by Roger Collier
When you create software to learn programming, your most important user is you
I had a problem. Before I tell you about this problem, be warned — you will get emotional if you keep reading. Your heart will break for me. There will be weeping, so much weeping. You will be tempted to start a GoFundMe page to help ease my burden.
OK, here it is. Ready? Grab a tissue.
I have so many sneakers that I can’t remember all the pairs I own. Tragic, but true. The Red Cross has already declared this an international emergency.
Alright, alright — this is not a real problem. Well, maybe it’s the first-worldliest of first-world problems. Anyway, I’m not here to justify my obsession with retro sneakers (nostalgia, basketball fanatic, extra-feet syndrome). I’m here to explain why I created a web application to address this hyper-specific, undoubtedly trivial, quasi-problem-like situation that affects nobody but me.
I have one rule for every software project I start. The end result must be something I will actually use.
Like anyone else, I sometimes need motivation to keep plugging away at a task when it becomes frustrating. Why am I sitting here debugging this code, in my free time, when I could be doing something far easier, like watching TV or drooling over Air Maxes on Instagram?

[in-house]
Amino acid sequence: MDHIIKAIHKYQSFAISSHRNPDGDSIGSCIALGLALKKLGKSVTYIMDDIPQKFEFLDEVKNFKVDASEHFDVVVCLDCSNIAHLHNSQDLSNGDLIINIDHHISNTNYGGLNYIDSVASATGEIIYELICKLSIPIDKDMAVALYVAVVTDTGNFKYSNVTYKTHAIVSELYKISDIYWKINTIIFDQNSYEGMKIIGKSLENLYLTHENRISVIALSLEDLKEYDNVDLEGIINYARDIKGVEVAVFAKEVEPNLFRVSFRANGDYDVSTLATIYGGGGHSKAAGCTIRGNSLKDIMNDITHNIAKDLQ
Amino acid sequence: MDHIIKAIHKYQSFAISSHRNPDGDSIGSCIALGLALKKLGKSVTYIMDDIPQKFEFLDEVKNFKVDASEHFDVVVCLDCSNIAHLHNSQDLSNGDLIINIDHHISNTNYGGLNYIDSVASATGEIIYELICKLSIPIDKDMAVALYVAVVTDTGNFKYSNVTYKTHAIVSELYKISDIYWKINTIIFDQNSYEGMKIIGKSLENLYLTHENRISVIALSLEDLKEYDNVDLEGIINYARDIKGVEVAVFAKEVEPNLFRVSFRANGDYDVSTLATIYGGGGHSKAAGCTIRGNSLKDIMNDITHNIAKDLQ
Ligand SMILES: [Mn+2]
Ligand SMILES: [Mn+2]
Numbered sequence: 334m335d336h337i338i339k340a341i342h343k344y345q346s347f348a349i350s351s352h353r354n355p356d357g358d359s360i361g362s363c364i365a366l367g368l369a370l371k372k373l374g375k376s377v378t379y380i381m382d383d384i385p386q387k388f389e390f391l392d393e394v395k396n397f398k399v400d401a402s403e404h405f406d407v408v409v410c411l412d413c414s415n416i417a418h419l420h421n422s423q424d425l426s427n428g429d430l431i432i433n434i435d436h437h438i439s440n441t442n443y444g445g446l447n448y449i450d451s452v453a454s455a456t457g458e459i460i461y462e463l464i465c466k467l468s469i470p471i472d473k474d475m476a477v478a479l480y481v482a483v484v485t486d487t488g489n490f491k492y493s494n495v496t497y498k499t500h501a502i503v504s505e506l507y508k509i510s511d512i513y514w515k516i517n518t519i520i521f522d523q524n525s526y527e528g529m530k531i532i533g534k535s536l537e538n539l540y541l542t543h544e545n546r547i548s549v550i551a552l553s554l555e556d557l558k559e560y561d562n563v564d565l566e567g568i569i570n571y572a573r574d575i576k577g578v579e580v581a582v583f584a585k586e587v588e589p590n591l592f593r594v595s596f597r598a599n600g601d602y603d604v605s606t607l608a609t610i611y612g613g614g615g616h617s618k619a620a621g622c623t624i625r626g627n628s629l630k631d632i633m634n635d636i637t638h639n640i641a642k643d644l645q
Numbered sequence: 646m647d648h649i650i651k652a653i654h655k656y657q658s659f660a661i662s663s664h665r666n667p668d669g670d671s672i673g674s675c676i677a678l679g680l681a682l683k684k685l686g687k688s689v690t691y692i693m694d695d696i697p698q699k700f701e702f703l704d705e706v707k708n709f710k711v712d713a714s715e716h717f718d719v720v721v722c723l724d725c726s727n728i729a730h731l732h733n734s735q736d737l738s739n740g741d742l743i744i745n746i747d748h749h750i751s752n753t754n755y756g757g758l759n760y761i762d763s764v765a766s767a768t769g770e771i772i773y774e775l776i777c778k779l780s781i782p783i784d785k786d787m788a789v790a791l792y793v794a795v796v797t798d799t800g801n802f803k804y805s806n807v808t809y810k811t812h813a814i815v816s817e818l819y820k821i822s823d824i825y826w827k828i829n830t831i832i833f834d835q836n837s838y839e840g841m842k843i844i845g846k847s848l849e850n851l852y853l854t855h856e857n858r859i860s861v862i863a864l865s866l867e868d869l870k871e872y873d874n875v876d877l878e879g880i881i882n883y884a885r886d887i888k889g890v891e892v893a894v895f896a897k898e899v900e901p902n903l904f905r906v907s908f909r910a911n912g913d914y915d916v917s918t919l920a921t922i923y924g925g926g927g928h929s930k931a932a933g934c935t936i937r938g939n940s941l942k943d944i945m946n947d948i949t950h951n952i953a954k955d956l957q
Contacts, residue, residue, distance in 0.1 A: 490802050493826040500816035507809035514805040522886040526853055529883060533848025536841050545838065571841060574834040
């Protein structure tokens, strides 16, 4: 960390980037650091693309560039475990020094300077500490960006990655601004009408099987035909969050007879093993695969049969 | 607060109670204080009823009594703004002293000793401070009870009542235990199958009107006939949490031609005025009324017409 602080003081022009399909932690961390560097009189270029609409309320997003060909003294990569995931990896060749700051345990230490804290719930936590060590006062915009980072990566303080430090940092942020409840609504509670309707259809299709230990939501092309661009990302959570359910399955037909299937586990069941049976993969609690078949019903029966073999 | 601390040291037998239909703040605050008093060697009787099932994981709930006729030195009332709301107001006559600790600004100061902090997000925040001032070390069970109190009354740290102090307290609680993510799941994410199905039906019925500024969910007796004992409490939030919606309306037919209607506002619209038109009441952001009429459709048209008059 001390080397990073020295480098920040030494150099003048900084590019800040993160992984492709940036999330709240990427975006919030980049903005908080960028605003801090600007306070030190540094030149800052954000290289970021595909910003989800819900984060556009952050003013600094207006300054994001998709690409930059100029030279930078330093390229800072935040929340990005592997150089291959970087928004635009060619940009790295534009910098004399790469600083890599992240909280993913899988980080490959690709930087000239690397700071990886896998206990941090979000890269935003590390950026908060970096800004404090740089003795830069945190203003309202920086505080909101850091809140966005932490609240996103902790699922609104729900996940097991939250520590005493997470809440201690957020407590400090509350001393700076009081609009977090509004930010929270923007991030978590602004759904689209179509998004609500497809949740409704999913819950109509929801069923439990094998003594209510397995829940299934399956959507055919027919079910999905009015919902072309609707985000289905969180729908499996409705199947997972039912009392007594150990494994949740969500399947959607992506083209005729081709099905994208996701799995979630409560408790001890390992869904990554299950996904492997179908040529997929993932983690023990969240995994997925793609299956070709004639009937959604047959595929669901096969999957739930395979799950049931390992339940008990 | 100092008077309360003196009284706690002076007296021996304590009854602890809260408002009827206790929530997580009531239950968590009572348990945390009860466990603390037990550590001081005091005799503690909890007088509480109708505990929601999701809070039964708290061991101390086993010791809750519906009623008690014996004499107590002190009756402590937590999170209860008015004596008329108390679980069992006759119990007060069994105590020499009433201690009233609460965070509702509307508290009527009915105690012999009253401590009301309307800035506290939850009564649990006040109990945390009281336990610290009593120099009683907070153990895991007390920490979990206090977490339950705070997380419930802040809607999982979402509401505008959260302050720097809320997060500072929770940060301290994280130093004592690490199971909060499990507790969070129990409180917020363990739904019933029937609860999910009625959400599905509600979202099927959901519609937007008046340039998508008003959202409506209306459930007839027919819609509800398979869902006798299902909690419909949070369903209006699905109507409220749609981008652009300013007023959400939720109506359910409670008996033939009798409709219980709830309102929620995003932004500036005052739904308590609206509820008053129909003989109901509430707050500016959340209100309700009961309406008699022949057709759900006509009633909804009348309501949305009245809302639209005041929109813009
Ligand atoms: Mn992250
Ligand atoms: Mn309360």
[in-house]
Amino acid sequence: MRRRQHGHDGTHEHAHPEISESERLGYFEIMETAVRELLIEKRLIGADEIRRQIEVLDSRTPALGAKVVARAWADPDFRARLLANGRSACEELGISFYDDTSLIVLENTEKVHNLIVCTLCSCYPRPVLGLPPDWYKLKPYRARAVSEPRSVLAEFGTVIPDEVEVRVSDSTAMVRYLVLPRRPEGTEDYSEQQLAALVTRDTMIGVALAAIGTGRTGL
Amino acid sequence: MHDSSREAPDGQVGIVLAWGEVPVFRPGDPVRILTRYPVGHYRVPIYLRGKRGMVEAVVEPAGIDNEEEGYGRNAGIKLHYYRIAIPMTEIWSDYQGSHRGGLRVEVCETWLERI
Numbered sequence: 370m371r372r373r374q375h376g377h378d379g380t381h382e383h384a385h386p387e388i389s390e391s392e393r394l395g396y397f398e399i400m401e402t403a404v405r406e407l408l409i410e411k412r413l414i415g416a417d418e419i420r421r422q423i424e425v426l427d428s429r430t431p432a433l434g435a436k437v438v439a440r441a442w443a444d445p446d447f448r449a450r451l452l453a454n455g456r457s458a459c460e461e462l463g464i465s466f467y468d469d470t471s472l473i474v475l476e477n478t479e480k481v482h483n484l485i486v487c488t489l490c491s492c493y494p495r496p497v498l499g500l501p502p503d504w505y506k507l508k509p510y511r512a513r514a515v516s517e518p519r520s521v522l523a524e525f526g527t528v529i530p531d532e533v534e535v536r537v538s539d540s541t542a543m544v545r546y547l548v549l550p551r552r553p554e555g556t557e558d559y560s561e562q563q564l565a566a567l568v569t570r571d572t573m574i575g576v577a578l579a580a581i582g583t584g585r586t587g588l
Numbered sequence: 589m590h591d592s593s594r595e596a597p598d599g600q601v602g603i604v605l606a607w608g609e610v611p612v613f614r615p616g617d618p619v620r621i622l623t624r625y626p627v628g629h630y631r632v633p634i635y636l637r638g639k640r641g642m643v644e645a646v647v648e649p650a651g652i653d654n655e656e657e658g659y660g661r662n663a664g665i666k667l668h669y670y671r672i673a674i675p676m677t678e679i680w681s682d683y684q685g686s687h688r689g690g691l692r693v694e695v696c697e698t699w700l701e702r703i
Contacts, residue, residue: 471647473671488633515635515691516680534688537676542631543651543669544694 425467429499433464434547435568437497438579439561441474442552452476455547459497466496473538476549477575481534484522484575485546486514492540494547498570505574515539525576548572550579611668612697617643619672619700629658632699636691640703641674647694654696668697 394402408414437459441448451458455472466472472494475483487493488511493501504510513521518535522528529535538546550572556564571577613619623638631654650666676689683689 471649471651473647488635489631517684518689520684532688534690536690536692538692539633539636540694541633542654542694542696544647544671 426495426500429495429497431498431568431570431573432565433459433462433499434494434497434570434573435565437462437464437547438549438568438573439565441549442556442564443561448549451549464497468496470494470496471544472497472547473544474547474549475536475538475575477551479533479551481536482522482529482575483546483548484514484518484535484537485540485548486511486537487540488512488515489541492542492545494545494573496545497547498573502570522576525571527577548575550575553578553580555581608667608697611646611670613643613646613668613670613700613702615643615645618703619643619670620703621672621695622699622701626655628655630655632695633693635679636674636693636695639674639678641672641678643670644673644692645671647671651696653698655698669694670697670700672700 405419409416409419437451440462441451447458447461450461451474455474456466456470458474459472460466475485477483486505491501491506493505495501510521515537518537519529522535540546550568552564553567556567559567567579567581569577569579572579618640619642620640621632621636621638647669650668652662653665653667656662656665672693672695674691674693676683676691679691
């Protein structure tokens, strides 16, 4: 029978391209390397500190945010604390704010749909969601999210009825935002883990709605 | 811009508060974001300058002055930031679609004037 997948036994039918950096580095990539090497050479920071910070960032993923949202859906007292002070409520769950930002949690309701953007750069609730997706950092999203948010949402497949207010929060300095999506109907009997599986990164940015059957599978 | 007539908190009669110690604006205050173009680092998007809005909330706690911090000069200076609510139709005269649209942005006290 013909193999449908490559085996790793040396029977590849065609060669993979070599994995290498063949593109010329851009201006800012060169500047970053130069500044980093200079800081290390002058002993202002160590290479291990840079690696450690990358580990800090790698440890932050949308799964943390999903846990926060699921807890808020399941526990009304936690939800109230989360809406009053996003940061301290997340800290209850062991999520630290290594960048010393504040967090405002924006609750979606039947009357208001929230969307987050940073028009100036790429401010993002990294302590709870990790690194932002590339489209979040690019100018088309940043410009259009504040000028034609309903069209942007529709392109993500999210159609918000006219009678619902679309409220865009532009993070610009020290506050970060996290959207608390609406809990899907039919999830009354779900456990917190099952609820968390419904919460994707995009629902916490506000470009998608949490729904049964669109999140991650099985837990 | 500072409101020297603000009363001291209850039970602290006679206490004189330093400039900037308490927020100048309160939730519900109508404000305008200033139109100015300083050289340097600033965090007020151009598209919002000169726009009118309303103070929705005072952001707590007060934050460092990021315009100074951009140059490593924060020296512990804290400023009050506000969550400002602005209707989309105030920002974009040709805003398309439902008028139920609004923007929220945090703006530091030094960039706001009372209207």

Sure, I’ve been tempted to quit on a personal software project. There would be no consequences. Nobody would care. Yet I never have. I’ve finished every project I’ve started (all three!) because I know that, eventually, after much head-scratching and Googling and sotto voce cursing, each app I create will be useful — to at least one person. And that person is … Barbra Streisand. Sorry, typo. And that person is … me.
Which brings us back to shoes. Some sneaker collectors stock but don’t rock. Not me. I’m the type of sneakerhead who wears all his shoes. On occasion, though, I’ve opened a long-sitting box to find myself looking at a pair of kicks that I not only hadn’t worn but had escaped my memory altogether.
Seeing those poor sneakers just sitting there — neglected, unworn, unloved — caused me much anguish. Surely, no man has suffered such insufferable suffering.
I created a very simple web application I called Collection Tracker (click here to try a demo). It allows me to enter my sneaker collection into a database and browse a grid of images. Each morning, I open the application in Chrome (on my phone), I pick the pair I want to wear (on my feet), I press the “wear today” button (with my finger), and that day’s date is added to the database entry for those shoes (by digital magic).
The picture of that pair then drops to the last position of the last page of images. So when I open Collection Tracker, I first see pictures of the sneakers that have been sitting on my shelf the longest. No more neglected Nikes. No more abandoned ASICS. No more shunned Skechers. (Haha — Skechers. As if. Friends don’t let friends wear Skechers.)